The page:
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Half a century ago, Belgian Zoologist Bernard Heuvelmans first codified cryptozoology in his book On the Track of Unknown Animals.

The Centre for Fortean Zoology (CFZ) are still on the track, and have been since 1992. But as if chasing unknown animals wasn't enough, we are involved in education, conservation, and good old-fashioned natural history! We already have three journals, the largest cryptozoological publishing house in the world, CFZtv, and the largest cryptozoological conference in the English-speaking world, but in January 2009 someone suggested that we started a daily online magazine! The CFZ bloggo is a collaborative effort by a coalition of members, friends, and supporters of the CFZ, and covers all the subjects with which we deal, with a smattering of music, high strangeness and surreal humour to make up the mix.

It is edited by CFZ Director Jon Downes, and subbed by the lovely Lizzy Bitakara'mire (formerly Clancy), scourge of improper syntax. The daily newsblog is edited by Corinna Downes, head administratrix of the CFZ, and the indexing is done by Lee Canty and Kathy Imbriani. There is regular news from the CFZ Mystery Cat study group, and regular fortean bird news from 'The Watcher of the Skies'. Regular bloggers include Dr Karl Shuker, Dale Drinnon, Richard Muirhead and Richard Freeman.The CFZ bloggo is updated daily, and there's nothing quite like it anywhere else. Come and join us...

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Thursday, February 12, 2009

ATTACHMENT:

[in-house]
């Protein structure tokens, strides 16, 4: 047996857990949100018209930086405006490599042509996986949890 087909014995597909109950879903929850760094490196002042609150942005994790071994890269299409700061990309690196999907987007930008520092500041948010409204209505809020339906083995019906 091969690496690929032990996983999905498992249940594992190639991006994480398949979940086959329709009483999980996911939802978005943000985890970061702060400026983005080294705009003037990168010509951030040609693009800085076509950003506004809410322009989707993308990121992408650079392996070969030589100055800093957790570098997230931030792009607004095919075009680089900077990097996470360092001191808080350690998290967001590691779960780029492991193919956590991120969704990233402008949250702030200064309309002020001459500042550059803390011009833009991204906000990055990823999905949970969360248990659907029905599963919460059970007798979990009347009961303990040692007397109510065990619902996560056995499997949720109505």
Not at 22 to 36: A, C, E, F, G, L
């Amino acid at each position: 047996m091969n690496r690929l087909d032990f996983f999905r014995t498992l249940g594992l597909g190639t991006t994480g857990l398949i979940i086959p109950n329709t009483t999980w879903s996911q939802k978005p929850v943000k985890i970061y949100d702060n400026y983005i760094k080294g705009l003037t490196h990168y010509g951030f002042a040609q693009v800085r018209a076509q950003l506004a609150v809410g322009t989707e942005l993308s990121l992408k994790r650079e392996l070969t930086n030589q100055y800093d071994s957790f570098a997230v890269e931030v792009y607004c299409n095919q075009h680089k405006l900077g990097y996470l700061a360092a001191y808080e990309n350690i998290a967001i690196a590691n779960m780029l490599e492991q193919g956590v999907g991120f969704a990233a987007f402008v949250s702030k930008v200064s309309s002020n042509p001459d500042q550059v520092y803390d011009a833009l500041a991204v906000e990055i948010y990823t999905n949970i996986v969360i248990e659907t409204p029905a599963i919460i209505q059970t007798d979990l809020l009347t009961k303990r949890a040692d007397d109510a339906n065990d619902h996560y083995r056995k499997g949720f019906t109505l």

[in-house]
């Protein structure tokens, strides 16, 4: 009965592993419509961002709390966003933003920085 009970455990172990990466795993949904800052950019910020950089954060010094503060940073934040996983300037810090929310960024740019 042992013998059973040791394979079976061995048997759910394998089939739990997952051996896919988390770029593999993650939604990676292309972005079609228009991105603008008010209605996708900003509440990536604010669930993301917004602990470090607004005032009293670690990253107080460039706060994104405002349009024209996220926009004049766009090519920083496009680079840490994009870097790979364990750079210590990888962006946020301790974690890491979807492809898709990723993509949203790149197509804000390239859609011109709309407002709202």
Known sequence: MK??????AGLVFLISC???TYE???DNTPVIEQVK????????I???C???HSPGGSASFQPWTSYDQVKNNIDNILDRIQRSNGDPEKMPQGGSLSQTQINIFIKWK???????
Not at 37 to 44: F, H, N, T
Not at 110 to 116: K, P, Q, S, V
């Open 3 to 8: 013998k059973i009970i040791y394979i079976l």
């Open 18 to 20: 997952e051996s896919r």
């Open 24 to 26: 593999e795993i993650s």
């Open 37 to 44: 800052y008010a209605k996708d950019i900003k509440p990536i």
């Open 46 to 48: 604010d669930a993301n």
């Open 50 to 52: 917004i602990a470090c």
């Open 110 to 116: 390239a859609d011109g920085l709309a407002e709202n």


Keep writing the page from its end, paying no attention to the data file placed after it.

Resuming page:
A DEATHBLOW FOR CREATIONISM AS THE VATICAN ENDORSES DARWINISM

Read what the Daily Telegraph has to say

The Daily Telegraph announced today that "The Vatican claims Darwin's theory of evolution is compatible with Christianity". This stops just before an official Papal Bull endorsing Darwin, but it is the next best thing, and by admitting that evolution should not be "dismissed" and stating that it is entirely compatible with the Christian view of Creation, the Vatican is not just saying what Christian freethinkers like yours truly have been saying for ages, but has hopefully delivered a swingeing death blow to the burgeoning Creationist and Intelligent Design movements.

The Daily Telegraph continued by quoting from two senior Roman Catholic authorities:

"Archbishop Gianfranco Ravasi, head of the Pontifical Council for Culture, said while the Church had been hostile to Darwin's theory in the past, the idea of evolution could be traced to St Augustine and St Thomas Aquinas. Father Giuseppe Tanzella-Nitti, Professor of Theology at the Pontifical Santa Croce University in Rome, added that 4th century theologian St Augustine had "never heard the term evolution, but knew that big fish eat smaller fish" and forms of life had been transformed "slowly over time". Aquinas made similar observations in the Middle Ages". Monsignor Ravasi also pointed out that 50 years ago, Pope Pius XII described evolution as a valid scientific approach to the development of humans.

Next month there is even a Papal backed conference marking the 150th anniversary of Darwin's On the Origin of Species, at which Intelligent Design will be described as a "cultural phenomenon" rather than a scientific or theological issue. And Marc Leclerc, who teaches natural philosophy at the Gregorian University, has stated that too many of Darwin's opponents, primarily Creationists, mistakenly claim his theories are "totally incompatible with a religious vision of reality".